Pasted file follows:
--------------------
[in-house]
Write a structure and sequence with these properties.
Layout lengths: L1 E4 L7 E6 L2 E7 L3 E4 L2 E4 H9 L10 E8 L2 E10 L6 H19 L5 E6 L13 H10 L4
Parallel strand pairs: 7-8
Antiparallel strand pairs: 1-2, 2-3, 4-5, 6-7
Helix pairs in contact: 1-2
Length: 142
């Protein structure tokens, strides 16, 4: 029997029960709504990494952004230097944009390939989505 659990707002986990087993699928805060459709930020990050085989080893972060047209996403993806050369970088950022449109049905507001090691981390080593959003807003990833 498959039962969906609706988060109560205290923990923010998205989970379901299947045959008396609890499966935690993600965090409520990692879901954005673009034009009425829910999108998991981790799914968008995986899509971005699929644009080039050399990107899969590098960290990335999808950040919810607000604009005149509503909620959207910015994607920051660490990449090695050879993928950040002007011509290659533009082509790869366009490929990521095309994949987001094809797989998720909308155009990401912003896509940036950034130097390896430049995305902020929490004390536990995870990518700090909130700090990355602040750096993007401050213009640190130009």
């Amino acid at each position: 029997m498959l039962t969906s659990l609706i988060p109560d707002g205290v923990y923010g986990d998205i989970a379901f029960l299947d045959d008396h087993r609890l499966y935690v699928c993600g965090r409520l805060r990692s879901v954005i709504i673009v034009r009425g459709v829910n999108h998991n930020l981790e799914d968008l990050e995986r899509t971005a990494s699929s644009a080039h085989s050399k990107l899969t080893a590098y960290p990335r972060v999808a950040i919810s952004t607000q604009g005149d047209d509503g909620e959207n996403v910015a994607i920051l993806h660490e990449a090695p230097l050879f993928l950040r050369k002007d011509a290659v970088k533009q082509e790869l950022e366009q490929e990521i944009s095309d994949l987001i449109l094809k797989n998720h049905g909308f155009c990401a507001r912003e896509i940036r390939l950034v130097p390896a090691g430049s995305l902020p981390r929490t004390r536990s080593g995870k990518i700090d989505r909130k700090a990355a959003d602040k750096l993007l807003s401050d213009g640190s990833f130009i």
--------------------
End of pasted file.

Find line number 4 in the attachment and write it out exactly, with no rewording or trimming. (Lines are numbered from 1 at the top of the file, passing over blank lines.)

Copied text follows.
Parallel strand pairs: 7-8